Famine and Trajectories of Body Mass Index, Waist Circumference, and Blood Pressure in Two Generations : Results from the CHNS from 1993-2015

Research output: Journal Publications and ReviewsRGC 21 - Publication in refereed journalpeer-review

21 Scopus Citations
View graph of relations

Author(s)

  • Jie Li
  • Qingling Yang
  • Ran An
  • Howard D. Sesso
  • Victor W. Zhong
  • Tracy E. Madsen
  • George D. Papandonatos
  • Tongzhang Zheng
  • Wen-Chih Wu
  • Yan Song
  • Xueqing Yu
  • Simin Liu

Detail(s)

Original languageEnglish
Pages (from-to)518-531
Journal / PublicationHypertension
Volume79
Issue number3
Online published7 Dec 2021
Publication statusPublished - Mar 2022

Abstract

Background: Early-life exposures play key roles in the development of metabolic diseases. Whether such effects exist beyond one generation remains unclear. This study aimed to determine the transgenerational association of early-life exposure to the Chinese famine of 1959 to 1962 with the trajectories of body mass index (BMI), waist circumference (WC), and blood pressure (BP) in 2 consecutive generations.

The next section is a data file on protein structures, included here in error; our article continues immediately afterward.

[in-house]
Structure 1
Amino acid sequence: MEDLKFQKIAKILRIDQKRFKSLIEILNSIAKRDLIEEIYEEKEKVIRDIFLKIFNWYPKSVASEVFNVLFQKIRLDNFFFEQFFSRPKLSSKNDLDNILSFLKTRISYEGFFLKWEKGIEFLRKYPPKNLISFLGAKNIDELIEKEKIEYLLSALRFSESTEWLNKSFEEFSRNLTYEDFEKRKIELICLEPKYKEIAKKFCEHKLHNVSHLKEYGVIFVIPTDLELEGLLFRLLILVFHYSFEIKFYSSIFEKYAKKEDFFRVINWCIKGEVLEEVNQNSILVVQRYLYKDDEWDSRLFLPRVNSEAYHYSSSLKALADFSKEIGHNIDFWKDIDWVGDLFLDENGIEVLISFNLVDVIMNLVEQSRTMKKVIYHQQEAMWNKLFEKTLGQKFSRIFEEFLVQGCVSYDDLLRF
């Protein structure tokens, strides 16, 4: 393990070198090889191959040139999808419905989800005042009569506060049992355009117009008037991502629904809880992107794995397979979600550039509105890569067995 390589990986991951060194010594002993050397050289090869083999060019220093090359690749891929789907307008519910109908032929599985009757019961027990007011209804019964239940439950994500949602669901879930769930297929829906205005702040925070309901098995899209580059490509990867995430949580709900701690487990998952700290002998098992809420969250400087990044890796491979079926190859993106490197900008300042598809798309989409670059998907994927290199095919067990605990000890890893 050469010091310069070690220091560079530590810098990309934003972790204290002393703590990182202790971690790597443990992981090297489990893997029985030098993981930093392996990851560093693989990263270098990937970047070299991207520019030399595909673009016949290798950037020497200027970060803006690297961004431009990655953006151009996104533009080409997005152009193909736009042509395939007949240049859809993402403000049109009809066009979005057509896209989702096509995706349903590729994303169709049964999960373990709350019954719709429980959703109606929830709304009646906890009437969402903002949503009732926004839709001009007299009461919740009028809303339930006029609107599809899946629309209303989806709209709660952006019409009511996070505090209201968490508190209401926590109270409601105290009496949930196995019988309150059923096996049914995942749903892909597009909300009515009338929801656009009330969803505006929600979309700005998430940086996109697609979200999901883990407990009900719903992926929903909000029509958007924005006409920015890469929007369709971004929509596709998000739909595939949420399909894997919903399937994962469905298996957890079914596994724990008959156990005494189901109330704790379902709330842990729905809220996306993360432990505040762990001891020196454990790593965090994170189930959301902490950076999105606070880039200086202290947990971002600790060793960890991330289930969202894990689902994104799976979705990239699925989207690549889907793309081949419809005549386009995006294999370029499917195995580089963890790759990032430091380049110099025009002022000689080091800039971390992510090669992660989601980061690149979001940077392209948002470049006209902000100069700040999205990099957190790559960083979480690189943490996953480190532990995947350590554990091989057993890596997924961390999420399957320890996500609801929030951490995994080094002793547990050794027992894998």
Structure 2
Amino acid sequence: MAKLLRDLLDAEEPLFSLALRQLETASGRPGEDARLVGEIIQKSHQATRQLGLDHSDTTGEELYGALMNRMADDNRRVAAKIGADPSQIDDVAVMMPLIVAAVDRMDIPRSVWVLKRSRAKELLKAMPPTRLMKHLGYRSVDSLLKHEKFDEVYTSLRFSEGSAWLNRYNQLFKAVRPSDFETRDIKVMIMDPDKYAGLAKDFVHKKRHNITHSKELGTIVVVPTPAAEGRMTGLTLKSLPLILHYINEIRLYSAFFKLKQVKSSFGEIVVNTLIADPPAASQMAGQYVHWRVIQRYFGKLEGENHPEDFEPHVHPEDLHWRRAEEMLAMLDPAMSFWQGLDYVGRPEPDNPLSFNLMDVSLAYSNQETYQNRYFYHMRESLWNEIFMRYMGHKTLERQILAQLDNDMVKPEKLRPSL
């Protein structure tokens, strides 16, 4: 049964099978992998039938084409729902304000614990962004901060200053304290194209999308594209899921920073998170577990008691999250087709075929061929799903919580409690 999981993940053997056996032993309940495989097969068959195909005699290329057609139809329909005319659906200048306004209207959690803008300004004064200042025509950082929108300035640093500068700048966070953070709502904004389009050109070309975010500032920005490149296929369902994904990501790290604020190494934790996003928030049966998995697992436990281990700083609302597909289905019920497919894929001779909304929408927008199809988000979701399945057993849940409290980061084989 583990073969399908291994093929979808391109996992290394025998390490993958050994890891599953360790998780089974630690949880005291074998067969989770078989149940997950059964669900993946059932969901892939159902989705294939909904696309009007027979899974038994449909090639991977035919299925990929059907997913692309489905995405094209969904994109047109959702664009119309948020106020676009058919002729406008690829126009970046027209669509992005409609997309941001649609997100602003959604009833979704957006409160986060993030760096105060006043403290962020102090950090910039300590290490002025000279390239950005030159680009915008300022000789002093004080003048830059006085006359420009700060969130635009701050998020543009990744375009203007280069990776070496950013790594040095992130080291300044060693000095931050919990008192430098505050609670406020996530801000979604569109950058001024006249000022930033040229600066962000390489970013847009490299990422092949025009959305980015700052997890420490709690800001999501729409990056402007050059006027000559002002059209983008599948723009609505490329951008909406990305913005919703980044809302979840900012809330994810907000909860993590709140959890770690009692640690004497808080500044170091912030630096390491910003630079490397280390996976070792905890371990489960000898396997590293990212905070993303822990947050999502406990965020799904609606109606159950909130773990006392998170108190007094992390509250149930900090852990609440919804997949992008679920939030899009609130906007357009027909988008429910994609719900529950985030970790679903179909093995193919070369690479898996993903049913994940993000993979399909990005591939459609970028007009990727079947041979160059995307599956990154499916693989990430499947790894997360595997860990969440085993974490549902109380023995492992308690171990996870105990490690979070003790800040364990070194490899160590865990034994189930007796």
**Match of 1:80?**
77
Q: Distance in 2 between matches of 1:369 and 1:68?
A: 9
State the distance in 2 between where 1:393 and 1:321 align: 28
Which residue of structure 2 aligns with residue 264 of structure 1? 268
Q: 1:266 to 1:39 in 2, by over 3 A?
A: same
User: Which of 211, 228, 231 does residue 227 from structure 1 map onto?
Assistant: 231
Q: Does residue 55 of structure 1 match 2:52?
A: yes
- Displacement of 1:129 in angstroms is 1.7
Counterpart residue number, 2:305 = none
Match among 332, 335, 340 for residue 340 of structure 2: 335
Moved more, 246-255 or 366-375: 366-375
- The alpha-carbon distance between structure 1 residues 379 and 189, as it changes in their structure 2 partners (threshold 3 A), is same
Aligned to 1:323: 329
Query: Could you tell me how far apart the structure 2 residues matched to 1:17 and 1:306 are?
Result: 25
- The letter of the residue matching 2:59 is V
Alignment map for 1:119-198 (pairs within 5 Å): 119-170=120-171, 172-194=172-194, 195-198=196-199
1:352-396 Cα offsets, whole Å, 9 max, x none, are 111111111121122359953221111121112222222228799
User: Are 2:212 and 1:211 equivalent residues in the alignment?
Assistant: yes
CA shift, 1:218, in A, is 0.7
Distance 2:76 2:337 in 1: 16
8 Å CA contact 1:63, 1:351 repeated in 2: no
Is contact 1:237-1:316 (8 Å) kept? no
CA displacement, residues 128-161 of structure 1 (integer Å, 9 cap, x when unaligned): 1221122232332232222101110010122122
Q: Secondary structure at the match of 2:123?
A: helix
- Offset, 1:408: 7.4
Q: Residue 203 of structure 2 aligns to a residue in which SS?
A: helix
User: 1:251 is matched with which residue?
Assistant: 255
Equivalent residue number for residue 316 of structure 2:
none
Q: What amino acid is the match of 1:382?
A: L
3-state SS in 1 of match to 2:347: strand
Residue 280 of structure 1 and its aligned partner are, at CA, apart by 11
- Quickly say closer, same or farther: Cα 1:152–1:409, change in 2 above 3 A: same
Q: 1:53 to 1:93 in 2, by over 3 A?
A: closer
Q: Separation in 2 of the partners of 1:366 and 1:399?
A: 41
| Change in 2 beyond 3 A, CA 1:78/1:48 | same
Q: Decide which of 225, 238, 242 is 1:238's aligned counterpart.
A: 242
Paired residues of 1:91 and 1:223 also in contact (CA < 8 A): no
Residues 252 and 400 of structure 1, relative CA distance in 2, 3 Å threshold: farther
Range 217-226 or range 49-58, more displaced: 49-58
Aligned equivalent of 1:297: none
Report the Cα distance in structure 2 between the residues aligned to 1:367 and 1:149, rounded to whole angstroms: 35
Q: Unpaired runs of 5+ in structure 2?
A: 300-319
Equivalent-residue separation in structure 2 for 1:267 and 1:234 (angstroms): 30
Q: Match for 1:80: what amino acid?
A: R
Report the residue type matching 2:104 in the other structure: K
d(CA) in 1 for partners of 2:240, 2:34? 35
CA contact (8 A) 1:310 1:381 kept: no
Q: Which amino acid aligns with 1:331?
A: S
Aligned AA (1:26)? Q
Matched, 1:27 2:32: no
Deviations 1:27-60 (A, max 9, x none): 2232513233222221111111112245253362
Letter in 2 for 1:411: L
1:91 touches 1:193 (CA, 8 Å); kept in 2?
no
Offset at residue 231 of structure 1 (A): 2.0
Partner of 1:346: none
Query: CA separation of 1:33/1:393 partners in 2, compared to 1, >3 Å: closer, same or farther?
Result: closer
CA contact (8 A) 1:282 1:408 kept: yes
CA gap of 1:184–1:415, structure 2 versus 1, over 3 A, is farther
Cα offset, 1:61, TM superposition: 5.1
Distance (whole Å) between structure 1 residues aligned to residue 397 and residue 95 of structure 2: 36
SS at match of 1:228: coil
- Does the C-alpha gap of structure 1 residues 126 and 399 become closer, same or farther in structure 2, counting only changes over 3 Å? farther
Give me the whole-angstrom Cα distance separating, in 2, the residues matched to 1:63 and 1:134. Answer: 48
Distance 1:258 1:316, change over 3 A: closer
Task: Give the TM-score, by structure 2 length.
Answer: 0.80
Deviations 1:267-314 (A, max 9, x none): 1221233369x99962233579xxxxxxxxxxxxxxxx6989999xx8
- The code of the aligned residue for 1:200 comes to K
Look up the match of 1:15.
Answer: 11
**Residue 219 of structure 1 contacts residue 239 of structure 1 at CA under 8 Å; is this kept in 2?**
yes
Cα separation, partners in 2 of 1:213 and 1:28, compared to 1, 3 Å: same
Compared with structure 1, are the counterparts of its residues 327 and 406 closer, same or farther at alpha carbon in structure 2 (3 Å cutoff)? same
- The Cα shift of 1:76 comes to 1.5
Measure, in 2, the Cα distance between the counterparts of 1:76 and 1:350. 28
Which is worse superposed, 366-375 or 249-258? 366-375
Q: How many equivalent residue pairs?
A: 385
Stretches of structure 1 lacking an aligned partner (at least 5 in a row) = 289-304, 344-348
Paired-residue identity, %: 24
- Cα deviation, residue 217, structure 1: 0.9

Methods: We included 21 106 F1 observations born between 1954 and 1967 (median age: 45 years) and 1926 F2 observations (median age: 23 years) from the longitudinal household-based China Health and Nutrition Survey from 1993 to 2015. Trajectories of BMI, WC, systolic BP, and diastolic BP were fitted and compared between groups using linear mixed effect models. 
Results: Early-life exposure to famine was associated with increased BMI, WC, and BP in 2 consecutive generations with sex and age disparities. In F1, famine was associated with increased BMI, WC, systolic BP, and diastolic BP, especially in men or those aged older than 50 years (P ranged from <0.001 to 0.02). In F2 men but not women, the parental exposure to famine was associated with 0.59 kg/m([95% CI, 0.10-1.08], P=0.02) increase in BMI. In F2 aged ≥25 years but not those younger ones, the parental exposure to famine was associated with increased BMI (0.83 kg/m[0.14-1.51], P=0.03), systolic BP (2.04 mm Hg [0.20-3.88], P=0.03), and diastolic BP (1.73 mm Hg [0.28-3.18], P=0.02). 
Conclusions: The effects of an adverse developmental environment through famine in early life on BMI and BP later in life may persist beyond one generation.

Research Area(s)

  • blood pressure, body mass index, cardiovascular diseases, famine, metabolic diseases, trajectory, waist circumference

Citation Format(s)

Famine and Trajectories of Body Mass Index, Waist Circumference, and Blood Pressure in Two Generations: Results from the CHNS from 1993-2015. / Li, Jie; Yang, Qingling; An, Ran et al.
In: Hypertension, Vol. 79, No. 3, 03.2022, p. 518-531.

Research output: Journal Publications and ReviewsRGC 21 - Publication in refereed journalpeer-review